Seven Trends Driving Contact Center Innovation
With so much attention being focused on the recession, we risk losing sight of important enterprise goals and what can be achieved even in challenging economic times. Times are tough and could very well be the worst they have been in the United States in the last fifty years—we'll leave it to the forensic economists to tell us just how bad this economy was, after we survive it. Managers can sit back and wait for the hard times to pass, as many are doing; or they can treat the economic challenges as an opportunity to advance the objectives of their company and, in doing so, build their own careers.
It's much easier to sell to someone who has already initiated contact with the organization.
This recession could be very good for contact centers, as was the case during the last US economic downturn in 2000. At that time, some of the more innovative managers in sales and marketing departments reached out to their peers in contact centers and asked for their help in the effort to meet revenue generation and customer retention goals. They reasoned that it's much easier to sell to someone who has already initiated contact with the organization (even if it's to ask an unrelated question) than to have to first contact someone before trying to sell to them.
Marketing managers also realized that contact center agents were often their last line of defense in retaining customers. Sure, it would be better if their customers were loyal to their brand, but if customers were tempted to wander, marketers didn't have much to lose by asking their contact center to try to retain them. Neither sales nor marketing anticipated strong results from contact centers, but it seemed worth a try, as their traditional approaches were no longer working all that well.
The last recession gave contact center managers an opportunity to demonstrate their ability to do more than handle customer inquiries, resolve problems and take orders. When empowered, many contact centers proved adept at retaining customers and generating incremental revenue. (Many contact centers have been involved in these activities for years, but have not been recognized for their accomplishments.)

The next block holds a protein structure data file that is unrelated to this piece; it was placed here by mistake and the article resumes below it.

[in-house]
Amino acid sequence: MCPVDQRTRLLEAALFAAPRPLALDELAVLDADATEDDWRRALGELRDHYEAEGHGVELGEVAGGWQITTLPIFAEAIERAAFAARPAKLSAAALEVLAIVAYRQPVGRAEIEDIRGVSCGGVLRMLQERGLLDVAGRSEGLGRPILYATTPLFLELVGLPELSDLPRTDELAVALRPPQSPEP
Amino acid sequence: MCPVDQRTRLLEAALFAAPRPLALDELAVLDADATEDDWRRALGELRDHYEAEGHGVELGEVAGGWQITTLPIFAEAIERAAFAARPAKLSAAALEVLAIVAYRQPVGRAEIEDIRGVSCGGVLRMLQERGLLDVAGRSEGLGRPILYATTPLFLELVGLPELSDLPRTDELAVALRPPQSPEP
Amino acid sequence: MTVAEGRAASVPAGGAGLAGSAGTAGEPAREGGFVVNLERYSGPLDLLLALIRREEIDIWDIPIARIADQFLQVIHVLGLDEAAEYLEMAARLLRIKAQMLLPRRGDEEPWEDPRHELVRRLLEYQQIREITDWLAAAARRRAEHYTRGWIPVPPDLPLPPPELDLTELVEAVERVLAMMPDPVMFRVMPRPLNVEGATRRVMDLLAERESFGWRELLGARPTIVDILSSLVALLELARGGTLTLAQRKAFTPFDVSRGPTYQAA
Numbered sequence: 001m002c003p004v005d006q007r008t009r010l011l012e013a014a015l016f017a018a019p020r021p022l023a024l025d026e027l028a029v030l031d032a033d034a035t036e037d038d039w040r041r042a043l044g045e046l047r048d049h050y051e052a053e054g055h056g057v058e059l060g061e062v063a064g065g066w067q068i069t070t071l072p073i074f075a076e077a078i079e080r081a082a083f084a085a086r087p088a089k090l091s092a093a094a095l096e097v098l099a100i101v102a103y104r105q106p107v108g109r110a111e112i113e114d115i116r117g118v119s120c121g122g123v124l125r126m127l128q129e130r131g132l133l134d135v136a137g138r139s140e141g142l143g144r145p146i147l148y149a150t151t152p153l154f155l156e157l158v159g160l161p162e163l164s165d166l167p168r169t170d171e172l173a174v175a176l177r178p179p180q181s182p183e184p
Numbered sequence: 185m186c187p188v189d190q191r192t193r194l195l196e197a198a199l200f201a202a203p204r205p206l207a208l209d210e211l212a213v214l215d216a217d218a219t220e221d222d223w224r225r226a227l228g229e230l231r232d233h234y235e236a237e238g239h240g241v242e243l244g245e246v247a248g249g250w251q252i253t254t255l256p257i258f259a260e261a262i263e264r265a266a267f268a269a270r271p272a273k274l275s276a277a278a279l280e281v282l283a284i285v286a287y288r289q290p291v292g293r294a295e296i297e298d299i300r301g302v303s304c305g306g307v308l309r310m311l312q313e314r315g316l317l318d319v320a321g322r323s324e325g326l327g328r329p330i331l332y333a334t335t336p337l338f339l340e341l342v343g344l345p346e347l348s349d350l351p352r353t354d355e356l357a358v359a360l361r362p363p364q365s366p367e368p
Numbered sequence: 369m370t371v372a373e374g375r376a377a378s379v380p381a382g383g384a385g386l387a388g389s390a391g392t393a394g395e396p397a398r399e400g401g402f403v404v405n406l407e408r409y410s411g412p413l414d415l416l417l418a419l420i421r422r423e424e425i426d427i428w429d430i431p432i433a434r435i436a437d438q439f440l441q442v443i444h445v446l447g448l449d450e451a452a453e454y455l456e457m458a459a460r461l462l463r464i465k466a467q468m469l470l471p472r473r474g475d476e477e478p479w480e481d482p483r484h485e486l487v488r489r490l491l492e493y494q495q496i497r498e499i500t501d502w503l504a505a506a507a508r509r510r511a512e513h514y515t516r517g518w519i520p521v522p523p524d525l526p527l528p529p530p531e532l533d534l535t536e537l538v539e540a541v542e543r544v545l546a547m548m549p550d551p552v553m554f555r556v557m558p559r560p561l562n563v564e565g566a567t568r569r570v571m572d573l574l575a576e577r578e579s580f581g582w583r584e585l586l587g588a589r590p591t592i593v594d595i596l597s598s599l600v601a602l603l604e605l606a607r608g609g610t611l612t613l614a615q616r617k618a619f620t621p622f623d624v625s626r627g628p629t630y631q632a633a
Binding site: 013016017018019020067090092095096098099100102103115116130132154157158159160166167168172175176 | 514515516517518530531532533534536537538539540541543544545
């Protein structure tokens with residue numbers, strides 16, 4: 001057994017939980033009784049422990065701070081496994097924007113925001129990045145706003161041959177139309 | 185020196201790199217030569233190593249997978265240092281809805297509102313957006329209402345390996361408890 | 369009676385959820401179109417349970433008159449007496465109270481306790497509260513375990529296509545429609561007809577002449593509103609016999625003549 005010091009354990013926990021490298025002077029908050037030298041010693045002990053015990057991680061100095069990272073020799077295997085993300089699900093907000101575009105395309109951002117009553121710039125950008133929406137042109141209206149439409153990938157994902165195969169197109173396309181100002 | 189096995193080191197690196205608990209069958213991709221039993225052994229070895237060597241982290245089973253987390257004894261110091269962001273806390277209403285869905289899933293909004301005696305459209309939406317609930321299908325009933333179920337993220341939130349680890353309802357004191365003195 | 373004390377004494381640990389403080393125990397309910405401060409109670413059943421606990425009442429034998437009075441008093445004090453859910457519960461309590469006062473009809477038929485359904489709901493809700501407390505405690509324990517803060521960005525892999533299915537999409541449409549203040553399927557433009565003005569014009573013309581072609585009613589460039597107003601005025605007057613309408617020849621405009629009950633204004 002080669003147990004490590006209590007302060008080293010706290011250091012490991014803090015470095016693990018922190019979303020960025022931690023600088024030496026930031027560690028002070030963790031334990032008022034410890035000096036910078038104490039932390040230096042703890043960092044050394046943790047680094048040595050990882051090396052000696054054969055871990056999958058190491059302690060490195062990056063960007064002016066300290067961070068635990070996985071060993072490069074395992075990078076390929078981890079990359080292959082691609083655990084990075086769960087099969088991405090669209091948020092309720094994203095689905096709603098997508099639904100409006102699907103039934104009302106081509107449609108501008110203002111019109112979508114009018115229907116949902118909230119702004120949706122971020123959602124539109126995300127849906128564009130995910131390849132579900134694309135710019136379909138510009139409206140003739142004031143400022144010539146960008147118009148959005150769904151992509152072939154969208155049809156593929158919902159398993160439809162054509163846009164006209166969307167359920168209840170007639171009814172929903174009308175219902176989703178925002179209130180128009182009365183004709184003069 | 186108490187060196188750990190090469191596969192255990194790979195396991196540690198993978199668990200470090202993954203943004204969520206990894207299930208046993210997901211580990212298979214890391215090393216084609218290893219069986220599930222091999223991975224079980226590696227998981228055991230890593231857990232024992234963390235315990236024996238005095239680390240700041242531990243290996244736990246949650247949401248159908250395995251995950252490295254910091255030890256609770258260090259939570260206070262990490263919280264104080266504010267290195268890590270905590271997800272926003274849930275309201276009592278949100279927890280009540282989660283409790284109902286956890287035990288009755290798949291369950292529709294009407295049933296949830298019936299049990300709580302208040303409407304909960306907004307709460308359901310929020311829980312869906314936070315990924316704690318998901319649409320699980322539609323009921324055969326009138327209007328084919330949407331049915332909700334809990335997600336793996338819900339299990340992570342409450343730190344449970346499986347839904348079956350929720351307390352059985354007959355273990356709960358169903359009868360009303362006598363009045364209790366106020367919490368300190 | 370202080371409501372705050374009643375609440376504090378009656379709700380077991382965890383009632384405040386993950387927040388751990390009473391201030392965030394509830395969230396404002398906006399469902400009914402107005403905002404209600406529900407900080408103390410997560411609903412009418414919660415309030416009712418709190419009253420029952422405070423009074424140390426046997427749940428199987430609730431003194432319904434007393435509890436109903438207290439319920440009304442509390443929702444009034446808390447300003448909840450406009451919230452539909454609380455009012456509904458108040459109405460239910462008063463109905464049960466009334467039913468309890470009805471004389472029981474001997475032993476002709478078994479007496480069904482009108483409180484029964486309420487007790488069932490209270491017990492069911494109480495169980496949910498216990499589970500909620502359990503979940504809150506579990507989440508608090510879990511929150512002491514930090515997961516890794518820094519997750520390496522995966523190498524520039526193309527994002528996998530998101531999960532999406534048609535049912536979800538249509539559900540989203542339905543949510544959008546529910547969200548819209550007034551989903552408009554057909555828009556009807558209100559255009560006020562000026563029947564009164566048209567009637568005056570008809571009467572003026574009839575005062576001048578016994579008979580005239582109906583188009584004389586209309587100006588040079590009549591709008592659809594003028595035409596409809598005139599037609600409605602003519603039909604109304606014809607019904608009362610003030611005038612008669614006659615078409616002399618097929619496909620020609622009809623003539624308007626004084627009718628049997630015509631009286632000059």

Customer-Centric Business Trends
While the recession is a top concern for customers and executives, innovation and change continues. The following are the main trends driving change in contact center and service organizations.
- This recession is dramatically impacting the role of contact centers. This is a bottom-line issue. Senior executives and sales and marketing leaders are being compelled to turn to contact center managers for help in achieving enterprise revenue and customer retention goals.
- Customer churn plagues most industries in good times, running between 5 percent and 30 percent, and is a greater issue during recessionary times. It is more challenging to find and more costly to acquire new customers when fewer people are spending money. The contact center plays a crucial role in retaining customers throughout the customer lifecycle, particularly at the pivotal point when a customer is reconsidering the value proposition of the company's products and services. If agents are well trained, empowered to act, and have the necessary systems and data to determine the right actions, they are able to retain at-risk customers by meeting or exceeding their expectations.
- Internet-based social networking is giving customers a vehicle for spreading good and bad news in the click of the mouse. New communication channels are altering customer expectations about service, even if most companies are not yet responding to the new opportunities. Most customer service departments and contact centers are still supporting their traditional channels, including calls, emails and possibly chat sessions. Customers are making it blatantly clear that social networks—blogs, wikis, twitter, bulletin boards, etc.—are here to stay. It's time for enterprises to incorporate these unsolicited service channels into their operating procedures. Customers have many choices and are going to do business with companies that deliver products and services that are most appropriate for them.